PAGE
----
Bonding over Bones: Crime Scene Science Field Trip to Saltburn

On Friday morning we ran our first year undergrad field trip for 30 of our new crime scene students and held a mock session on the beach at Saltburn.

We met at 09:30 near the Students’ Union to take the bus together. As we drove to Saltburn there was dead silence on the bus. Did I say silence? On a bus full of undergrads? Well, yes. Term is just about to start and one of the main reasons we run the trip is to help the new students get to know each other. It is also a chance to familiarise them with a crime scene scenario, and normalise the excitement of that experience in a fun environment. We all know that if you enjoy what you do you will be more likely to do it better, and having fun is associated with positive learning experiences. Working together in the open air in the beautiful coastal landscape is certainly a great start, and a good memory; after all everyone remembers their first undergrad trip – so a positive one is all the better.

We had set up the ‘crime scene’ on the beach and before we got started Professor Ian went down to double check everything was in place. This consisted of several ‘dead bodies’ (think anatomical replicas), completing the final health and safety review and ensuring all the equipment was ready to use. There were also some rather colourful spades and buckets for some fun team-building activities.


Taped-off: Part of the beach was off limits for the day (Priscilla Ulguim CC-BY-NC-ND 4.0)

When all was ready a large group of excited students headed down to the beach to learn about working at a crime scene. If you have ever have been to Saltburn you will know that are more than a few steps down the spectacular cliffs to beach below.  Along the seafront the peaceful expressions of dog-walking and coffee-drinking locals turned to surprise and curiosity when they saw us bearing down on what now appeared to be a crime scene – and then they realised that this was just a university outing.

At the scene Professor Mark outlined the main tasks for the activities and the ‘dos and don’ts’ of crime scene management: health and safety, marking out the scene, setting a walking path, photographing evidence, logging people arriving and leaving, which specialists to bring onsite, and the importance of the questions for each specialist, along with other standards for crime scene management and decision making.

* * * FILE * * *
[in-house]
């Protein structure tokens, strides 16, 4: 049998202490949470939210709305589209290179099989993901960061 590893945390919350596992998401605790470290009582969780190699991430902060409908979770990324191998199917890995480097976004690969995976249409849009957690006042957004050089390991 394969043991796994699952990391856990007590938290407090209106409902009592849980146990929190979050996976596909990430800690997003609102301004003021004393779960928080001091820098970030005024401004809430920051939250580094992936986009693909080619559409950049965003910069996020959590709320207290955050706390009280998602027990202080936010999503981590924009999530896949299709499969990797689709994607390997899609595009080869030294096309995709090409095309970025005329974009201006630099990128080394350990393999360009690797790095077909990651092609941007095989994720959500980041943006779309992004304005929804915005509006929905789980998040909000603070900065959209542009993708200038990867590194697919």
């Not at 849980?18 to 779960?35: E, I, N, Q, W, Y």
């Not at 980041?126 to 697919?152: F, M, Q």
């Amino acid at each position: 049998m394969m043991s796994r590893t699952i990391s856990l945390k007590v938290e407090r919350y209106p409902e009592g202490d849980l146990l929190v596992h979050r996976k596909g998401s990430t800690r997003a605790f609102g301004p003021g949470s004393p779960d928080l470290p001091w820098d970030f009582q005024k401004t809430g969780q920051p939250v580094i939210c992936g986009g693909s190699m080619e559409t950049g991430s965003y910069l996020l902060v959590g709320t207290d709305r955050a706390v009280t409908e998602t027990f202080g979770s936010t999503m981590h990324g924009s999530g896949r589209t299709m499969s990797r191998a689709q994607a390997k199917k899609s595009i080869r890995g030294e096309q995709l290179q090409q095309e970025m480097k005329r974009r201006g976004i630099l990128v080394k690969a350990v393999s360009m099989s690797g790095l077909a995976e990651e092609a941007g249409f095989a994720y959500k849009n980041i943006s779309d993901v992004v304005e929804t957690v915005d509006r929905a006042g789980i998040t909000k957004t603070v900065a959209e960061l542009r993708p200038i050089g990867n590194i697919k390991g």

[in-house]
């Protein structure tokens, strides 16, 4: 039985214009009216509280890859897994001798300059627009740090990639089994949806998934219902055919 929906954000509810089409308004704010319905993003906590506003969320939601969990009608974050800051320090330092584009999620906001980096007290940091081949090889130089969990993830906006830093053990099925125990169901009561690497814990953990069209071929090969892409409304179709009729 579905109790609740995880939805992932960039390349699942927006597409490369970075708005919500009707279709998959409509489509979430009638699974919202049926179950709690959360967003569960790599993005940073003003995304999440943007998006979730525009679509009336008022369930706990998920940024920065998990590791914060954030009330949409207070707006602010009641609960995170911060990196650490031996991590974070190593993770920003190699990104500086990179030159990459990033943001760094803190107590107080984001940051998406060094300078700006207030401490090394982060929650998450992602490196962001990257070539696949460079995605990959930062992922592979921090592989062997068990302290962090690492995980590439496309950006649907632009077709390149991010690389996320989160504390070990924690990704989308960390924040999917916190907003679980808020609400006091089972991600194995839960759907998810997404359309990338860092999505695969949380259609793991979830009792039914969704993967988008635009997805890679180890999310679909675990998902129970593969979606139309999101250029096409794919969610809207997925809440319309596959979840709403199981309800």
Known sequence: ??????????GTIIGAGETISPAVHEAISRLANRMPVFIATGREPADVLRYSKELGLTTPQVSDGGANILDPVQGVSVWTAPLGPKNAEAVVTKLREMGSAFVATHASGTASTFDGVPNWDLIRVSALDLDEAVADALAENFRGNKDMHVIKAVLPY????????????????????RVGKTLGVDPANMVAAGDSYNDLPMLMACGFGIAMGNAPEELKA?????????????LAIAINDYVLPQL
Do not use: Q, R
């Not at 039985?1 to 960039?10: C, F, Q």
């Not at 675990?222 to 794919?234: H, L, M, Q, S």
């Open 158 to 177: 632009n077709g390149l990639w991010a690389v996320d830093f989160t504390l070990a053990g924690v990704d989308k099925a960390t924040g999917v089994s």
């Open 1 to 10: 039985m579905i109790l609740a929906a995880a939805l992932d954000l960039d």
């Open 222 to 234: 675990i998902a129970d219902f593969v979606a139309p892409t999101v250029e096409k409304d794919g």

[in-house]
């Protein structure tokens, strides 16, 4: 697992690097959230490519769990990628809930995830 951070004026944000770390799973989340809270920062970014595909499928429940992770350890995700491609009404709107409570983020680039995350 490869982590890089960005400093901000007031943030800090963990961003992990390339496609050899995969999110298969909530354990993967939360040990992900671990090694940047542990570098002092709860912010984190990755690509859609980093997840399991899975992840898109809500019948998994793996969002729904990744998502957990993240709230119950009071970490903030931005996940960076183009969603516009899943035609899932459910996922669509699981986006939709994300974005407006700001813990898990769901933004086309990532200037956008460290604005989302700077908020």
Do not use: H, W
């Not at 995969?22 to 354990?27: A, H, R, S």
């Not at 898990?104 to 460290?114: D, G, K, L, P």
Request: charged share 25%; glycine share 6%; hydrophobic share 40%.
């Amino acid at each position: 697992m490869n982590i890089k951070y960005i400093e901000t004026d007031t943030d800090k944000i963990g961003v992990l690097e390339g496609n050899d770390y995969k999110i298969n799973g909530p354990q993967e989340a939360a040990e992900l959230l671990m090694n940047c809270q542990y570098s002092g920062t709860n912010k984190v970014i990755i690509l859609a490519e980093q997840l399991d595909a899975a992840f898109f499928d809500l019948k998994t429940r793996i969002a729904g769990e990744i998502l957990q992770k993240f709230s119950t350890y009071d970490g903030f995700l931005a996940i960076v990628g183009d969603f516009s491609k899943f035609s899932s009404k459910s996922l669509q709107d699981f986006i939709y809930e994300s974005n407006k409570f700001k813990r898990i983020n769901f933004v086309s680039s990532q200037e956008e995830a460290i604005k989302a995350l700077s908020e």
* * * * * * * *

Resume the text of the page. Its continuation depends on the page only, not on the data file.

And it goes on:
We then split into four groups, each covering different activities which aimed to get the students to think about the practicalities of managing a crime scene, a theme which they will encounter throughout the course of their degree and professional careers.

My role as forensic anthropologist was to supervise excavation of the skeletal human remains and explain best practices for recording crime scene contexts containing human remains. For this I was carrying some standard archaeological kit: tape measures, scales, buckets, trowels, finds trays, skeletal recording sheets, forensic protocols and my favourite field guide, and of course the skeletal casts which were by now already buried below the sand, along with some animal bones scattered about to complicate identification.

The students excavated in pairs, with the goal of taking notes and filling in a basic recording sheet. I clarified the role of forensic anthropologist and archaeologist to them, and described how to record the scene, including the necessity of opening a clearly defined trench, taking measurements, and how context is vital, not just the bones themselves.

I also outlined how we can read the bones to explore individual biographies using processes for identifying age, sex and recording pathologies, traumas, cut marks, as well as taphonomic changes. Each supports the main goal in these situations: identifying the individual and evidence of the perpetrator. The conversation encouraged the students to consider the questions to ask themselves regarding remains in-situ. As they excavated we discussed the findings, and their interpretations as to whether the skeleton was articulated, disarticulated, and if the remains were commingled, which got us talking about depositional processes. We also touched on other methods that could be applied, including digital recording methods and analytical techniques, and ethical points such as the importance of respect for human remains.

The students appreciated the hands-on scenario, and they kept digging until I had to stop the last group as the tide rolled in (we discussed how to manage that type of situation on excavation too!).


Teamwork! Excavating the mock grave (Priscilla Ulguim CC-BY-NC-ND 4.0)

After a lunch of fish and chips at a lovely local pub, and an ice-cream (it was a beautiful sunny day). We ran a quiz on the biggest myths about forensics and Saltburn’s top attractions. At the end of the day we returned to the top of the hill to catch our bus and we announced the quiz winners who won some very special Haribos of their choice. There was an excited and happy atmosphere on the return journey, chatting, laughing about the day and taking photos. So, goals met, the team bonded over the bones, and had a thought-provoking experience in the field. I had a great time and hope our students did too. Thanks to Professors Ian and Mark for the welcome and helping me out with the scene setup.


A good beach trip always involves ice cream (Priscilla Ulguim CC-BY-NC-ND 4.0)


Leave a Reply

Fill in your details below or click an icon to log in: Logo

You are commenting using your account. Log Out /  Change )

Google+ photo

You are commenting using your Google+ account. Log Out /  Change )

Twitter picture

You are commenting using your Twitter account. Log Out /  Change )

Facebook photo

You are commenting using your Facebook account. Log Out /  Change )


Connecting to %s